These days, for the current crop of pseudo star, you would shudder at the excess. But this is a woman who almost dies once a year. She has been almost dying since she was in her 20s. She can conjure up a near-death experience at will – yet another amazing E Taylor attribute that will send you into hysterics while reading the book. Somehow, when her back is against the wall, somehow Elizabeth always almost dies. Not on purpose (well, except for the time she theatrically swallowed all those pills in front of Richard and he had to drive like a madman to the hospital), but by apparent divine intervention. This bitch could conjure up a health crisis in no time. And every time she saw the light and turned back, by the time she got back everyone would love her again. You will note, she has also OUTLIVED EVERYONE.
So no, we don’t judge Elizabeth Taylor by those standards. This is another calibre of star that we may never see again. They are a couple we may never see again. For how hard they loved. Like they invented the motherf-cker. Like the time they broke up and made up just 2 weeks later, in Rome of course, at the airport, with the paps standing by, and Richard sitting in a limo waiting for Elizabeth to come out:
“She finally left the terminal, and the policemen made a passageway for Elizabeth through the throng of reporters and paparazzi, as flashbulbs exploded all around her.
Still, Burton sat, unmoving, until the door opened and Elizabeth was practically propelled into the waiting car by a surge of photographers. That’s when they finally had the satisfaction of seeing Richard, through the darkened windows of the Rolls, kiss her face and bury his head in her breasts, taking in the smell of her.”
Life was a movie, and the movie was life. This inevitably became the problem. But to the observer, it doesn’t get any more compelling, even when it turns tragic. Burton’s alcoholism is heartbreaking. And well documented in several biographies dedicated to his life proper. Shocking how much he drank, how much they drank, how much they carted around the world for the purpose of the drink, and that this was how they lived, all of them in that circle back then, not just the Burtons but the Society of that time, the consequence of which was that in the end there was no Liz & Dick Part 3. There’s no denying there would and should have been.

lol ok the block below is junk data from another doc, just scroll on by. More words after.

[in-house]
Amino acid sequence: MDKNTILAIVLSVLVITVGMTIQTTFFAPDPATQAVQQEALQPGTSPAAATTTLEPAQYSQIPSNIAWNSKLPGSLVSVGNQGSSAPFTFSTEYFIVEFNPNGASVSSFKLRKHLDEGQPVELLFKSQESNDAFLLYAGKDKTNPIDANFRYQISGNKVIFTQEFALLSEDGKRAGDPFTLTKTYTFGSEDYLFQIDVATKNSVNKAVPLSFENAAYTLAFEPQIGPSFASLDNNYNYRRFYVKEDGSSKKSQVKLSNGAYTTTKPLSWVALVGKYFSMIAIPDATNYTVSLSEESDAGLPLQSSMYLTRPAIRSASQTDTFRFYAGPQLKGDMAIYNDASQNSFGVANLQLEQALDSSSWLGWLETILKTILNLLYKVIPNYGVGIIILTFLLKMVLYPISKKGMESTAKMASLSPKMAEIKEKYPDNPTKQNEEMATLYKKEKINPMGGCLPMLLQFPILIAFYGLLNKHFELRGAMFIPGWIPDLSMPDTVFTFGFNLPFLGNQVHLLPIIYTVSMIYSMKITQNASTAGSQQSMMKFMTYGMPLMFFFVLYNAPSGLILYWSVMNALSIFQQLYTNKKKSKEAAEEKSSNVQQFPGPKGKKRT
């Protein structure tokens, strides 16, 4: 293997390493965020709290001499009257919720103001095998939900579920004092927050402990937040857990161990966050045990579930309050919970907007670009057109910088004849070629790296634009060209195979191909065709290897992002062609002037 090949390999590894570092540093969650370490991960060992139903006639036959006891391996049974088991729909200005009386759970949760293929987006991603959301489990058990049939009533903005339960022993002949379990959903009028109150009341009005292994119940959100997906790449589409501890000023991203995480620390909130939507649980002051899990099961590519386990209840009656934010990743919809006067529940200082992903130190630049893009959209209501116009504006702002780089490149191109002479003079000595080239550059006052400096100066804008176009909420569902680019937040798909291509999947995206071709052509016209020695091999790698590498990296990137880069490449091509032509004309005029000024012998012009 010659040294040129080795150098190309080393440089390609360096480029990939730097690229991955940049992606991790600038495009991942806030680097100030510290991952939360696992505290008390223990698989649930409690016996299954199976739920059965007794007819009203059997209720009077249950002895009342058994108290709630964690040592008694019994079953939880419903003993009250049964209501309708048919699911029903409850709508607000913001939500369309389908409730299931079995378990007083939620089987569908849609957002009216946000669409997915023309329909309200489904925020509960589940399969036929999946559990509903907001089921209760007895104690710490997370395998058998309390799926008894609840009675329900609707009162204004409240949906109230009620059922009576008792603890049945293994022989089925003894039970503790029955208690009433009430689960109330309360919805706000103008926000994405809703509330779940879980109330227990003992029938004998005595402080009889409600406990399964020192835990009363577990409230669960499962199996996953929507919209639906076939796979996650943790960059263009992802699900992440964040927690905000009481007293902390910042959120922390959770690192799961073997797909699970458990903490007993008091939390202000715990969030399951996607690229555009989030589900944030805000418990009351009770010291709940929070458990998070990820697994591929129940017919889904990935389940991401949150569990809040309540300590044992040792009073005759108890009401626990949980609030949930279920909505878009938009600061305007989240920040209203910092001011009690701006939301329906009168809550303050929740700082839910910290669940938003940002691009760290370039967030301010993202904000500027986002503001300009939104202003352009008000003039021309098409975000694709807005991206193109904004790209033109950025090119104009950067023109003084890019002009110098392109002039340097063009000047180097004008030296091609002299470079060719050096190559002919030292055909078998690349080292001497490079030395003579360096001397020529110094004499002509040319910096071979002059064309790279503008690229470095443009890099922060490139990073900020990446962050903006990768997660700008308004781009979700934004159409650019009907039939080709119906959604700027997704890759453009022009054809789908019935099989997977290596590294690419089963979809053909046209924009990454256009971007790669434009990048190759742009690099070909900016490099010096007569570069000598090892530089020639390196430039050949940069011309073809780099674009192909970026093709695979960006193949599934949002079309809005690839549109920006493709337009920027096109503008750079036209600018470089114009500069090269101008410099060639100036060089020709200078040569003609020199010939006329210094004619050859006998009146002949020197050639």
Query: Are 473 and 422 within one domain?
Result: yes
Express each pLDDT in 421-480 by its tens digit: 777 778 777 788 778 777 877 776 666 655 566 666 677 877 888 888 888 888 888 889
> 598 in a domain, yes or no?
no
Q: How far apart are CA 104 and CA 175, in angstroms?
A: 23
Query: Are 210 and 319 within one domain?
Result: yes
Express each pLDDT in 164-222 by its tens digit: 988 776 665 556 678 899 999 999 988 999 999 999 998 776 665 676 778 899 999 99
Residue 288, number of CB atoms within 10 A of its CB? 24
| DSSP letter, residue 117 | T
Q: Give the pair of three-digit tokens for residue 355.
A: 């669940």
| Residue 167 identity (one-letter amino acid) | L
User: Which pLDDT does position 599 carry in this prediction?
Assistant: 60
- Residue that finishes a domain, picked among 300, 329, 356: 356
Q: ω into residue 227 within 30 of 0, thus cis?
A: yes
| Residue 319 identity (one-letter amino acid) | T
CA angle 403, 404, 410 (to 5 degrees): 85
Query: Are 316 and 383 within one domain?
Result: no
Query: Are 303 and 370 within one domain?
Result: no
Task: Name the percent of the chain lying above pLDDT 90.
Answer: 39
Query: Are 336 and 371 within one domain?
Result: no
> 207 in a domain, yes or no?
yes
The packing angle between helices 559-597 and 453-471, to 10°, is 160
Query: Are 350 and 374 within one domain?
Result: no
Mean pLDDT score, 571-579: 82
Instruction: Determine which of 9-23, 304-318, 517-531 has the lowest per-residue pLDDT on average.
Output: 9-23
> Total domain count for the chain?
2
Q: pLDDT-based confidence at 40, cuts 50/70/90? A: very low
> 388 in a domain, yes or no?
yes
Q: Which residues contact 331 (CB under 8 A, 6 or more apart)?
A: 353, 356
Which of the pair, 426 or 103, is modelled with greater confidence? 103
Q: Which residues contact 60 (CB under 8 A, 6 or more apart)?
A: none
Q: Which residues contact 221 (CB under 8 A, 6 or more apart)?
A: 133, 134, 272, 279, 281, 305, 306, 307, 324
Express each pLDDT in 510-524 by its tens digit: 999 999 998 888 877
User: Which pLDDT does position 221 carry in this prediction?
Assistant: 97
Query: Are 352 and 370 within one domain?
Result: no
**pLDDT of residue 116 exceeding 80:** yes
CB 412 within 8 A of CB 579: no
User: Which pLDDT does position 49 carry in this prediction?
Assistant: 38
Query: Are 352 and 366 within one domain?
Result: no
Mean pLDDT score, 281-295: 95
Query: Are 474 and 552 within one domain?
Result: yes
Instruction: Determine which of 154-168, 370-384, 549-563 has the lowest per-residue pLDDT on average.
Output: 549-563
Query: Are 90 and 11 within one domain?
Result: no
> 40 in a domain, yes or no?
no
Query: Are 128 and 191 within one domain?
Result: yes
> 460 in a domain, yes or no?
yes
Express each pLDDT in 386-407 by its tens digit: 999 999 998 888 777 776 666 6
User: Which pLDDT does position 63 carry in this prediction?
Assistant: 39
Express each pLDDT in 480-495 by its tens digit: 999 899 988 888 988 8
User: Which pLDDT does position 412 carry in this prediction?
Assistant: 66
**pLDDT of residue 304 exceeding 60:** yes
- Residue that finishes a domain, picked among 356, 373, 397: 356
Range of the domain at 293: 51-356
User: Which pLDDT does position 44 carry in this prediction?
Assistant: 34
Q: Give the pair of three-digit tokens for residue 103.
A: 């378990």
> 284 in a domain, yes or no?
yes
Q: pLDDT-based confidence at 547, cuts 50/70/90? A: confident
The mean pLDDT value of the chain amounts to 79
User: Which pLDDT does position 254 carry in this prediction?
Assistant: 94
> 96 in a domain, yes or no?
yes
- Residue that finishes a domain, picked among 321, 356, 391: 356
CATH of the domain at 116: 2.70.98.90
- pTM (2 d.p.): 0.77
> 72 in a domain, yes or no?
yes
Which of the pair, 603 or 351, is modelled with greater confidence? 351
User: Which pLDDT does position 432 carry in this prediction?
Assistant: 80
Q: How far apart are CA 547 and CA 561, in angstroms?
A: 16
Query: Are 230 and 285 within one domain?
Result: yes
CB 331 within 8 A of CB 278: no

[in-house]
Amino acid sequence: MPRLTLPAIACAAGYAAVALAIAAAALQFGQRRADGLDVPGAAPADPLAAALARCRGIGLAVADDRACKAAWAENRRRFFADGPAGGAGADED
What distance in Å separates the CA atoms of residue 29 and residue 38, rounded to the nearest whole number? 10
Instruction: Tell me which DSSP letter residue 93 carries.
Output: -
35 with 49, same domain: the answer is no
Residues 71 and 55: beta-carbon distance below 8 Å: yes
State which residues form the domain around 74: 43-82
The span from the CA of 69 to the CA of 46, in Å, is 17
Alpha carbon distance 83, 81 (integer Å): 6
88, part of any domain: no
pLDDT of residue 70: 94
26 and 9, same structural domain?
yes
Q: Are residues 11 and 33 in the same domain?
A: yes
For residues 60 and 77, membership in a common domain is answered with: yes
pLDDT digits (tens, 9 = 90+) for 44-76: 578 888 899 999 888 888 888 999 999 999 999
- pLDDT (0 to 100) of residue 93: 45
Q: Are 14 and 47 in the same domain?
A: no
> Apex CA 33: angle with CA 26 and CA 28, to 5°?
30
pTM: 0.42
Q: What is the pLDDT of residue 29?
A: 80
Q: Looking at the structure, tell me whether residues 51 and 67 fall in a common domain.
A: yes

So of course he wrote to her on the day he died. Of course. It’s the one letter that she won’t show anyone, keeps by her bed every night until she’s ready to join him...
Oh my God it really doesn’t get more Fabulous. And I don’t ever use the word Fabulous. Because it’s so abused the word Fabulous. And few people truly deserve the word Fabulous. CUPCAKES ARE NOT FABULOUS!!!
But they, Elizabeth and Richard, they were SO FABULOUS. And this is a book full of Fabulous.
I had an advanced copy so I haven’t seen the final version in stores. Hopefully the final version comes with pictures because I had no pictures and this made me crazy.
Also the writing – yeah at times embarrassingly sychophantic. But then again, consider the subject. It’s not possible to over-love her. Once again, she is ELIZABETH TAYLOR.